Agriculture is highly dependent on soils and climate. The ever-increasing need for food tosupport the growing population in the country demands a systematic appraisal of its soil andclimate resources in order to prepare effective land-use plans. India has a variety of landscapes and climate conditions and this is reflected in the development of different soilsand types of vegetation. Based on 50 years of climate data and an up-to-date soil database,the country has been divided into 20 agro-ecological zones (AEZs), Each AEZ is as uniformas possible in terms of physiography, climate, length of growing period and soil type for macrolevel land-use planning and effective transfer of technology. Table 2 gives a brief description of important features of the AEZs.
MAJOR SOIL GROUPS
The great diversity in landforms, geological formations and climate conditions in India hasresulted in a large variety of soils (Figure 3). Apart from a few soil orders (Andisols andSpodosols), all the major soils of the world are represented in India. Broadly, Indian soilsconsist of eight major groups, of which four are of agricultural importance: alluvial soils, blacksoils, red soils and lateritic soils. The four other broad soil groups that occur fairly extensivelyin India are: saline and sodic soils, desert soils, forest and hill soils, and peaty and marshysoils. These soil groups are related closely to the geographical character and the climate of the regions in which they occur.
Alluvial soils (Fluvisols)
Alluvial soils constitute the largest and most important soil group of India and contribute mostto the agricultural wealth of the country. The soils are derived from the deposition of silt bythe numerous river systems. They cover about 75 million ha in the Indo-Gangetic Plains(IGP) and Brahmaputra Valley and are distributed in the states of Punjab, Haryana,Uttaranchal, Uttar Pradesh, Bihar, West Bengal, Assam and the coastal regions of India.These soils are deficient in nitrogen (N), phosphorus and organic matter. Generally, alluvialsoils range from near neutral to slightly alkaline in reaction. A wide variety of crops is grownin these soils.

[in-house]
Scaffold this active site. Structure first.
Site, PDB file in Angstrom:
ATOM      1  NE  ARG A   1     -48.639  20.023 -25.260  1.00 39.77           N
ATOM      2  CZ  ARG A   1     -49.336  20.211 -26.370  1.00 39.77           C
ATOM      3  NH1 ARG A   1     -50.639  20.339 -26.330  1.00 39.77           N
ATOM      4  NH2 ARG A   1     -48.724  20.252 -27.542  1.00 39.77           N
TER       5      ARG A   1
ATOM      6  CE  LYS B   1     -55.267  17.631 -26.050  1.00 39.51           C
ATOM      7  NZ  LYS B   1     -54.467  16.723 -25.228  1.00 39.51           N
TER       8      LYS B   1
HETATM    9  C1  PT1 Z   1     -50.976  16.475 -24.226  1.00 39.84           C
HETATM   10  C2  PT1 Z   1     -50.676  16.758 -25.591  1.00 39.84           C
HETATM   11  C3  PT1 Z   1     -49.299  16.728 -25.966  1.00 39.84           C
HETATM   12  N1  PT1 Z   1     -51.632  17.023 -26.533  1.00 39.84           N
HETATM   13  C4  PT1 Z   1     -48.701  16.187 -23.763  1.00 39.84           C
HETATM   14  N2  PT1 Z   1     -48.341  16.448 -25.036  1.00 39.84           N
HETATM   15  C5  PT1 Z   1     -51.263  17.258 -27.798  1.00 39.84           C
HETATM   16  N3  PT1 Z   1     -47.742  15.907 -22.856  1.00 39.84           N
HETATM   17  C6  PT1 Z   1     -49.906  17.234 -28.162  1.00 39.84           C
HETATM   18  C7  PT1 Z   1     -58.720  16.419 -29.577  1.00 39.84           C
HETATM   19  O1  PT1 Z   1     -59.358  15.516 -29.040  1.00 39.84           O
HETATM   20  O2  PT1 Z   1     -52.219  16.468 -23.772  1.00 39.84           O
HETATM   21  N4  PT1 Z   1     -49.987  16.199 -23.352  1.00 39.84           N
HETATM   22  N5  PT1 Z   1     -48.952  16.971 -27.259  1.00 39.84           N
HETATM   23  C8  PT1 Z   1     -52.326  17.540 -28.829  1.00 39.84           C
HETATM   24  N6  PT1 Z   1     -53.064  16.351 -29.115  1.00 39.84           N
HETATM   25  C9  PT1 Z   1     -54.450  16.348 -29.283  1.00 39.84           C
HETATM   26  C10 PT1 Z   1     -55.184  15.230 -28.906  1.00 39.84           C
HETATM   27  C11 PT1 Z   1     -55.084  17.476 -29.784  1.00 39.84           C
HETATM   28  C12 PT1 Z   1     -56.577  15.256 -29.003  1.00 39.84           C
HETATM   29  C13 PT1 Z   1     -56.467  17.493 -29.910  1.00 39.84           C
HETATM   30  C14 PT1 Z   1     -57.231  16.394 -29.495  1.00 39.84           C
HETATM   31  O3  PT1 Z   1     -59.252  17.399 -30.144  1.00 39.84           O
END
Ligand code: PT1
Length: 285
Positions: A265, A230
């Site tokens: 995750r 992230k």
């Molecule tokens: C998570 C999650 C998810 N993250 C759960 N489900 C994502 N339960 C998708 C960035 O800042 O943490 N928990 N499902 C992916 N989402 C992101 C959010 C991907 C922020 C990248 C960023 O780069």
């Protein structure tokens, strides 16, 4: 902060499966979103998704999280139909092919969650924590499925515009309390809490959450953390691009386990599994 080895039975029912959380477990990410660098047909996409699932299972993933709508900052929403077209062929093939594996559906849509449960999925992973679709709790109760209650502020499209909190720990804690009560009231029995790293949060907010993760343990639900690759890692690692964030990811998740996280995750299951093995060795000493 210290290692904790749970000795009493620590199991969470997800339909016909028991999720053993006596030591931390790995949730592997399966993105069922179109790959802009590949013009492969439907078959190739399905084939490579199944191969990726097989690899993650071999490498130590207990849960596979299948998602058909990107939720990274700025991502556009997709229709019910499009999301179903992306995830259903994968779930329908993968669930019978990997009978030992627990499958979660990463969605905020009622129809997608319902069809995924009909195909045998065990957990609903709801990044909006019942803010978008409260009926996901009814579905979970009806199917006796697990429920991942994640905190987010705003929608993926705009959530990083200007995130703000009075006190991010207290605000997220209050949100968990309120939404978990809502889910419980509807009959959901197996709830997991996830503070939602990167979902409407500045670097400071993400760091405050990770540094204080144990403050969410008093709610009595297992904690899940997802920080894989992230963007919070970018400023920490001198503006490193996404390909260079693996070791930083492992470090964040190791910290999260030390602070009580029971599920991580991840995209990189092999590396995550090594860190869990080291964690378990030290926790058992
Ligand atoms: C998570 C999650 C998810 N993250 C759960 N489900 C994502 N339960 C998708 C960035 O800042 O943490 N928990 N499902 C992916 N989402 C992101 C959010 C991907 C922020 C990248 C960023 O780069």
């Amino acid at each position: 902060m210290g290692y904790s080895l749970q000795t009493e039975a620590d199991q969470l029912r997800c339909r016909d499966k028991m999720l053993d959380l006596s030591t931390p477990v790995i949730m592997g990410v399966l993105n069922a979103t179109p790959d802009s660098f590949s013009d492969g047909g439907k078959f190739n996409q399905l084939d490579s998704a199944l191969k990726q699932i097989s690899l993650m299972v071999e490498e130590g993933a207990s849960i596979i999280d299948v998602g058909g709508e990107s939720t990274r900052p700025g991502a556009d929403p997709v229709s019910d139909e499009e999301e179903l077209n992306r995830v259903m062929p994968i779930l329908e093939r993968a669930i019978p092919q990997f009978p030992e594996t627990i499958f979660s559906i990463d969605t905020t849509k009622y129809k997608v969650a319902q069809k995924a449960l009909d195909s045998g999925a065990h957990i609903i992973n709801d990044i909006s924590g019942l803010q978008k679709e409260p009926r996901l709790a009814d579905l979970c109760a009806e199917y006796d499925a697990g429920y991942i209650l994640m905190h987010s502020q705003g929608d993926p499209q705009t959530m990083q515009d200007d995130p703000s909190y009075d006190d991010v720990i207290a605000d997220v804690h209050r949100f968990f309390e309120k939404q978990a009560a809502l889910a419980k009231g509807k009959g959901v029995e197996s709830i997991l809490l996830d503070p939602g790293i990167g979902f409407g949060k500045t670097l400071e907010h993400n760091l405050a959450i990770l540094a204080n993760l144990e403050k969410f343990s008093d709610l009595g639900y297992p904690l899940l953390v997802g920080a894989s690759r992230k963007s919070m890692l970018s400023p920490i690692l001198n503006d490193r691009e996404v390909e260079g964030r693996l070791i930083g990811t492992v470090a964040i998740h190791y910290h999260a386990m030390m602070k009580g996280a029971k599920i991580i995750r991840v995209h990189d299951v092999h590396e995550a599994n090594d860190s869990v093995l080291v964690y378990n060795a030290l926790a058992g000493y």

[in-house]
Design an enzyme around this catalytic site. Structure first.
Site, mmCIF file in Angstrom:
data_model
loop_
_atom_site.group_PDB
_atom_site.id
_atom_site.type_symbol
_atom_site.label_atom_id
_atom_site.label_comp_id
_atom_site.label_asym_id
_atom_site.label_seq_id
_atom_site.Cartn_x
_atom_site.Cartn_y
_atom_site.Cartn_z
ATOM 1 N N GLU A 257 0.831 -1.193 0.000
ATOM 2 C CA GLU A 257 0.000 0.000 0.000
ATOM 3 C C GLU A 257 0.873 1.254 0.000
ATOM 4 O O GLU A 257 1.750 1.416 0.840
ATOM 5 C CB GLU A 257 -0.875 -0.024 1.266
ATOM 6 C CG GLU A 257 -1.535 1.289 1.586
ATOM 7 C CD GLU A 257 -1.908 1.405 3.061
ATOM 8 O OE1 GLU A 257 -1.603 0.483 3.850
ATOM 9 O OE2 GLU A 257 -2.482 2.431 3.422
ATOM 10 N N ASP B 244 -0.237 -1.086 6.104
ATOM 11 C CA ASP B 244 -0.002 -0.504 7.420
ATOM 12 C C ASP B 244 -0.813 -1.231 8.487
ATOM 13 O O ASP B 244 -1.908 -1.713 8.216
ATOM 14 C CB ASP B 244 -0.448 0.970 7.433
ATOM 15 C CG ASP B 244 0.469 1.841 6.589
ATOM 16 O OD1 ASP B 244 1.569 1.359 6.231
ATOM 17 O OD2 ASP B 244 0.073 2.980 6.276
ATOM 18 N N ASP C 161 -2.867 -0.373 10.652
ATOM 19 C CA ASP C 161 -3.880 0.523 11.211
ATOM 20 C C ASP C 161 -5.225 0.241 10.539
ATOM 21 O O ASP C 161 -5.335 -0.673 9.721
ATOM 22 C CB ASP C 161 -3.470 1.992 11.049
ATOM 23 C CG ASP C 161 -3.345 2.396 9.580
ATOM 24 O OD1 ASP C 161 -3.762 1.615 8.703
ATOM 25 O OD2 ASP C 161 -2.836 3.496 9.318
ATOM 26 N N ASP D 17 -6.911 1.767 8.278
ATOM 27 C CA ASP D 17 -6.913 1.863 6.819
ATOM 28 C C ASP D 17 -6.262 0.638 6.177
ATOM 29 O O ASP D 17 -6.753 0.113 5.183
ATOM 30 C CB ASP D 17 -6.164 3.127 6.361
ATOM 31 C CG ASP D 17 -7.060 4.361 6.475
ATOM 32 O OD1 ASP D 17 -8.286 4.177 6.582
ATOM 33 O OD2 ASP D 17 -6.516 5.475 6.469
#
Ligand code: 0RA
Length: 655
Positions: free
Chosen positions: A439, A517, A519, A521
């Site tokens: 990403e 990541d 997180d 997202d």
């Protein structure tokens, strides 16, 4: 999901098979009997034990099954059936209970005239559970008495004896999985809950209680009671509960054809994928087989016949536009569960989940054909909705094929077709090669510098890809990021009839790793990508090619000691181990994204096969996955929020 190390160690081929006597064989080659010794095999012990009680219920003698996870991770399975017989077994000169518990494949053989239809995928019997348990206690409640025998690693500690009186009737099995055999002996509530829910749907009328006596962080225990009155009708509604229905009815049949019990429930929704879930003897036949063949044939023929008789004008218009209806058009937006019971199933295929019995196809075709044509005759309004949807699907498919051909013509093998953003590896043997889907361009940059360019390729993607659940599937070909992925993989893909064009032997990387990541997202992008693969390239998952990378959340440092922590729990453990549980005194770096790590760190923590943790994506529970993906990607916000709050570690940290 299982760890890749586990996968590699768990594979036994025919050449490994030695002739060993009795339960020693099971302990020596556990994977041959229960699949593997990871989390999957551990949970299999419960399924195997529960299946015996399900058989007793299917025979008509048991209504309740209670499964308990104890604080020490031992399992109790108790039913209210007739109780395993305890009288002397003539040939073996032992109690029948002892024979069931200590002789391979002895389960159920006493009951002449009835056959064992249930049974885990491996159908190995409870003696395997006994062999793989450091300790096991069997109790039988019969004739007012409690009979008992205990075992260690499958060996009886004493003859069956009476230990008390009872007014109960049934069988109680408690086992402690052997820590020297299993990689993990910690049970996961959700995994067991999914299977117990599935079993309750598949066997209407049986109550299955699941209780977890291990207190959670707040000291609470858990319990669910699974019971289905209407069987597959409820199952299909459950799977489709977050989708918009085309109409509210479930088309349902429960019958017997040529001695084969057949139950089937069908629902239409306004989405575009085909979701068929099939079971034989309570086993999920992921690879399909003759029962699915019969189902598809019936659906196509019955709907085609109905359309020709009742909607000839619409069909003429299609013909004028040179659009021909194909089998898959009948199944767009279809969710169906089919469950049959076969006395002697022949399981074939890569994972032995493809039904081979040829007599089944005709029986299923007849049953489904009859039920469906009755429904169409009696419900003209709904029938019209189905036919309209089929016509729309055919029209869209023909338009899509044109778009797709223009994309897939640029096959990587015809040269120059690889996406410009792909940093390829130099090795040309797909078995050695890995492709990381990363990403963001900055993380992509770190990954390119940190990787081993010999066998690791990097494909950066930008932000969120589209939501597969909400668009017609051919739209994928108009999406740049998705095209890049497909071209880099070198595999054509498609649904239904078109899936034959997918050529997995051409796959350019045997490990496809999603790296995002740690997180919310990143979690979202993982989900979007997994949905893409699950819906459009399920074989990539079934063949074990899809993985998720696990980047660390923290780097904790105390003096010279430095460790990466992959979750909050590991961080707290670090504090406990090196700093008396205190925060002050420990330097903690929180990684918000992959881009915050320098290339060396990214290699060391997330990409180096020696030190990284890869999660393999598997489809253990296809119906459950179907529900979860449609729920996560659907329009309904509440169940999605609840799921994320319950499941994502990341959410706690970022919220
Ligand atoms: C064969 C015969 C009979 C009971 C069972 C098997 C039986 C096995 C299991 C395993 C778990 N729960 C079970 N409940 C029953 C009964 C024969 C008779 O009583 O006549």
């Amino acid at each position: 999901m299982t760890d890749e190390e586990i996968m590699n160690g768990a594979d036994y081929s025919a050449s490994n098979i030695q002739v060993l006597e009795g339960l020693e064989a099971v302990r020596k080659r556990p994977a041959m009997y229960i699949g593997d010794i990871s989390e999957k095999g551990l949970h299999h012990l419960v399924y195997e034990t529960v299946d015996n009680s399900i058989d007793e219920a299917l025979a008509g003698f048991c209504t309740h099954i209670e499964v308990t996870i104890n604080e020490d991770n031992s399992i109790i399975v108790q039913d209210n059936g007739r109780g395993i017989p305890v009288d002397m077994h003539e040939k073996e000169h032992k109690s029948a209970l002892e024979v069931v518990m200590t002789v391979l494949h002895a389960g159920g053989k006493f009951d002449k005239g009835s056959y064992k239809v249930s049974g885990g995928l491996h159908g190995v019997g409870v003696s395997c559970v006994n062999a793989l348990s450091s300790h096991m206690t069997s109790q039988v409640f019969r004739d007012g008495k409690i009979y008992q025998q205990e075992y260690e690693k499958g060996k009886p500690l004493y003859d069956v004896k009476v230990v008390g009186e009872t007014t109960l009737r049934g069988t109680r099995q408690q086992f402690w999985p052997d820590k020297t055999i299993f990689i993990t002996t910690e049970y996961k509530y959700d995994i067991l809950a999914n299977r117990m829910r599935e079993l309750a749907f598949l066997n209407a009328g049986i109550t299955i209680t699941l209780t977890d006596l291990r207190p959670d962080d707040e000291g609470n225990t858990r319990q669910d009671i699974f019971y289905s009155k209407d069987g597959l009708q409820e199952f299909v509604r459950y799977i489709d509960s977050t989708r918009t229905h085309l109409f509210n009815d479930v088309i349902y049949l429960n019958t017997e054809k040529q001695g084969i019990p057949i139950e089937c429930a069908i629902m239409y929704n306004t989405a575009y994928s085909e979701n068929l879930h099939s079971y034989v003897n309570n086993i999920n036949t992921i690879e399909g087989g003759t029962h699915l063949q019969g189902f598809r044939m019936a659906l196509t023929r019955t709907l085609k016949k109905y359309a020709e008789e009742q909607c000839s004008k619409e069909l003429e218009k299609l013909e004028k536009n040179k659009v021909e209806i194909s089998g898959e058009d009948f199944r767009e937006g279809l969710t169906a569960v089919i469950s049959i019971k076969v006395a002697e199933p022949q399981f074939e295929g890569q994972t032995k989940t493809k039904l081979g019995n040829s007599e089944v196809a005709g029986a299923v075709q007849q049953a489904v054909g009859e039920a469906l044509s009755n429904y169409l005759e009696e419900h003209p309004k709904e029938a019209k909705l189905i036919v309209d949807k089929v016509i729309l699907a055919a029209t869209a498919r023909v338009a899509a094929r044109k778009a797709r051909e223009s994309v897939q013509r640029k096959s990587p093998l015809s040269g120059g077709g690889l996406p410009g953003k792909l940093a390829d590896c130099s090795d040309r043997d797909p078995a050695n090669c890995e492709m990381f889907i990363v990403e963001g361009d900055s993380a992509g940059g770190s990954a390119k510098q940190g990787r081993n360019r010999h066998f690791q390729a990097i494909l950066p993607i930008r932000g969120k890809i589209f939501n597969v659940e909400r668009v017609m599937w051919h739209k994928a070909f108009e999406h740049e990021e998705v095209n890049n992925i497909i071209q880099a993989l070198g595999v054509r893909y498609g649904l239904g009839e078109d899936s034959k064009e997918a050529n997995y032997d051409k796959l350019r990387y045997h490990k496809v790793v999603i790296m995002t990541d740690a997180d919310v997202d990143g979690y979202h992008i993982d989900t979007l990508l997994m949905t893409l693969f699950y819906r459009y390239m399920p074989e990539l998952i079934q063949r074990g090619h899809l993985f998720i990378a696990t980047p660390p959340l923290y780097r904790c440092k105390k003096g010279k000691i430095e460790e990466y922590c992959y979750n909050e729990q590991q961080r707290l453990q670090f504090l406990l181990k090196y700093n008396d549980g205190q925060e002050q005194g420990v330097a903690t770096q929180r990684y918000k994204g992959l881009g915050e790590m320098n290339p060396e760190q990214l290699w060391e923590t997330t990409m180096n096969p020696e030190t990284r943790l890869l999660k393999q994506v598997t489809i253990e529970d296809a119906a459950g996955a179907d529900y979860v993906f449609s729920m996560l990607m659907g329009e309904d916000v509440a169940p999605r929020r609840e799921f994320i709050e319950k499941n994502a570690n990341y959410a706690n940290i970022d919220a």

Black soils (Vertisols)
Black soils are very dark and have a very high clay content. They have a high moistureretention capacity. They become extremely hard on drying and sticky on wetting. Hence,they are very difficult to cultivate and manage. These soils cover an area of about 74 millionha, mainly in the central, western and southern states of India. They are inherently veryfertile. Under rainfed conditions, they are used for growing cotton, millets, soybean,sorghum, pigeon pea, etc. Under irrigated conditions, they can be used for a variety of other crops, such as sugar cane, wheat, tobacco and citrus crops.
Red soils (Acrisols)-
Ancient crystalline and metamorphic rocks have given rise to redsoils. These soils are found predominantly in the states of Andhra Pradesh, Tamil Nadu,Karnataka, Maharashtra, Orissa, Goa and in the northeastern states. They have limitationsof soil depth, poor water and nutrient-holding capacity, excessive drainage, runoff and aregenerally poor in N, P, zinc (Zn), sulphur (S) and humus. Under good management, thesesoils can be used profitably for a variety of crops such as millets, rice, groundnut, maize,soybean, pigeon pea, green gram, jute, tea, cashew, cocoa, grapes, banana, papaya andmango.